Directed by: J. J. Abrams
Starring: Chris Pine, Zachary Quinto, Benedict Cumberbatch, Zoe Saldana, Simon Pegg, John Cho, Karl Urban
Rated: PG-13 for intense sequences of sci-fi action and violence
There’s a lot to like about the new Star Trek movie, “Star Trek: Into Darkness.” It has a great cast, incredible special effects, and thrilling action. Unfortunately, it also has an incredibly badly-written villain, a storyline that should be fine but somehow falls apart, and it completely fails to embody the underlying themes of the Star Trek canon. If you just want eyecandy, it’s fine, but if you have strong opinions about Star Trek, you should probably either skip this one or bring a flask of your favorite fortifying beverage.
The story relies heavily (a little too heavily, for my taste) on several sudden reveals, so I won’t discuss it in too much depth here other than to say that it revolves around a villainous fellow (Benedict Cumberbatch) who does bad things and then is pursued by the U.S.S. Enterprise and her crew, whom we met in the first film.
This kind of movie lives or dies on the merits of its villain. For example, “The Dark Knight” is a movie with a ludicrous premise, a plot full of holes, and a fair amount of silliness – but the late Heath Ledger was so arresting as the Joker that it was very easy to overlook all that. Unfortunately, “Star Trek: Into Darkness” does not have a villain even close to that good. Cumberbatch’s character is by turns a sympathetic antihero, a scheming psychopath, a crazed terrorist, and a cardboard cutout whose job is to express no emotion while executing amazing fight choreography, depending on what the script calls for. It’s not the actor’s fault – Cumberbatch is very talented and has the physicality the role demands. The script is what falls short.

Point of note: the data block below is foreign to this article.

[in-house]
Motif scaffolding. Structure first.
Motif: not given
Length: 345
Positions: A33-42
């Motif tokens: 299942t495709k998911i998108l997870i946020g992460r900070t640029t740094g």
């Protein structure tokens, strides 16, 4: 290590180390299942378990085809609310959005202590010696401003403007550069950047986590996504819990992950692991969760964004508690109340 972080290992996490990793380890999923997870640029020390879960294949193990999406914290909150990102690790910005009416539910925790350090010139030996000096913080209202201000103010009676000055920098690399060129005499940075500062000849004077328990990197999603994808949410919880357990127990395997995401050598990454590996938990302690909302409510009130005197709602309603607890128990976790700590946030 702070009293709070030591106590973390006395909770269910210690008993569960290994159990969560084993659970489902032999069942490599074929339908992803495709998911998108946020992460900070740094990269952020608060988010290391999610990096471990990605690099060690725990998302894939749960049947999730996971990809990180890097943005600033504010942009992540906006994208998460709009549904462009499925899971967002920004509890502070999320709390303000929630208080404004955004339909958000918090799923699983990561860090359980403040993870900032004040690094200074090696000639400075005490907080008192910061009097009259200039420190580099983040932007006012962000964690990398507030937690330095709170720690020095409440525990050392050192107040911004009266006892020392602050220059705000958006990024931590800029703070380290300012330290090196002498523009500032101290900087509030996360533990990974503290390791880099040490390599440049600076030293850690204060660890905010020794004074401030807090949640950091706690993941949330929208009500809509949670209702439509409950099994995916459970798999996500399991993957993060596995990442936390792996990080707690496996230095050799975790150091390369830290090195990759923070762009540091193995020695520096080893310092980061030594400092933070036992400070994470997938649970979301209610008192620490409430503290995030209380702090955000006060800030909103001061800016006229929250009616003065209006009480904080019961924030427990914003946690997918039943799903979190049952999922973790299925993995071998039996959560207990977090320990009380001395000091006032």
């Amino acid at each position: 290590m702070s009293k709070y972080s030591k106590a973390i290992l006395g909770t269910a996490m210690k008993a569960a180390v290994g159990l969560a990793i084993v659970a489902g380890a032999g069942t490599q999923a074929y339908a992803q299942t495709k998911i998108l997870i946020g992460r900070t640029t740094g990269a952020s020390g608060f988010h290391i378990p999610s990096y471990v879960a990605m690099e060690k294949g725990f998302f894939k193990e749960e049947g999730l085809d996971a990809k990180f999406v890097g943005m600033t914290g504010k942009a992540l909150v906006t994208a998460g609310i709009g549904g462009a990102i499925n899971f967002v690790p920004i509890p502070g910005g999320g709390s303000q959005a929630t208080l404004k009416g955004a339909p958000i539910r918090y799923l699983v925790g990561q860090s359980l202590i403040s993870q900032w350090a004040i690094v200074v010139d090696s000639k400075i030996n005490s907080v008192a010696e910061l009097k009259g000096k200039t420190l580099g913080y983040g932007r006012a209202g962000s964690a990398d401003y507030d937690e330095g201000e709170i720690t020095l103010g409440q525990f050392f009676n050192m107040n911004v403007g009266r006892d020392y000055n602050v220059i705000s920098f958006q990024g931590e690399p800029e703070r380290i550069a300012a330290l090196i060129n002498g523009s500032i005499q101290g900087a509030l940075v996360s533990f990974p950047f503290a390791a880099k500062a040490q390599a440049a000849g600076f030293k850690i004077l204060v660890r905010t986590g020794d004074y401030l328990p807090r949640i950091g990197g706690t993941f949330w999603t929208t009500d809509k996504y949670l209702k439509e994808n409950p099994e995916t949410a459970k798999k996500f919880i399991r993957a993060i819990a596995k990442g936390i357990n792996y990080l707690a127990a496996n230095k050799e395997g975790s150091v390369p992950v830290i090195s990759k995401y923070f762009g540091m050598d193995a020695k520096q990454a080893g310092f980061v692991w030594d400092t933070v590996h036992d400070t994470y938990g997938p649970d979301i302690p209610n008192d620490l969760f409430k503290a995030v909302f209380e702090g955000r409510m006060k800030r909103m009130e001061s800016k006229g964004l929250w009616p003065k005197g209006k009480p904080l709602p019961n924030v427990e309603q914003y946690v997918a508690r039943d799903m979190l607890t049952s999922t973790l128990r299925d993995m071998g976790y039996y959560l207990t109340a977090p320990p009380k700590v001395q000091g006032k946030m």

To make things worse (at the risk of giving away one of the “twists”), this villain is someone from the old Star Trek canon, someone born before the timeline split that gave us this strange new Star Trek world … someone who originally was not white. There are good reasons to be cautious about having a character be both a savage terrorist and a person of color, but “Iron Man 3” handled it incredibly cleverly, so clearly it can be done. Abrams’ decision to whitewash this character and completely change not only his appearance but his characterization is not only nonsensical, it’s cowardly.
Another flaw in the film is its attempt to be both Nolan-level gritty and a Star Trek story. Even at its darkest, Star Trek has always been about the spirit of cooperation, about diplomacy, about hope. You can’t shoehorn that into the kind of bleak, grey-and-chrome cinematic schema that’s all the rage right now. Or rather, if you can, this isn’t how you do it. Abrams’ tacked-on happy ending looks and feels a lot like Star Trek is supposed to, but that’s only the last five minutes.
It’s a shame, because there’s so much good stuff in this movie. Plenty of it doesn’t really belong in a Star Trek piece, but it’s still awesome. There’s a really long, drawn-out (and somewhat brutal) fight atop what appear to be flying transport vehicles. Cumberbatch gets to use his deep voice to very good, creepy effect on several occasions. We get to see the awesome Uhura (Zoe Saldana) speak Klingon, which is really cool. There are heaps of references to the original series for folks to chuckle at. The special effects are gorgeous, although I was disappointed that the bad guy’s ship is really cool-looking and we only get to see it lit very dimly. I wanted a good look at the thing.
But those are all of secondary importance compared to things like character and tone. I didn’t have high expectations for “Star Trek: Into Darkness,” but even those weren’t met except by the surface things that are of secondary importance. If the things of primary importance aren’t there, all the secondary amazingness is empty spectacle.
This is a Star Trek movie with no heart – and a movie with no heart is not Star Trek.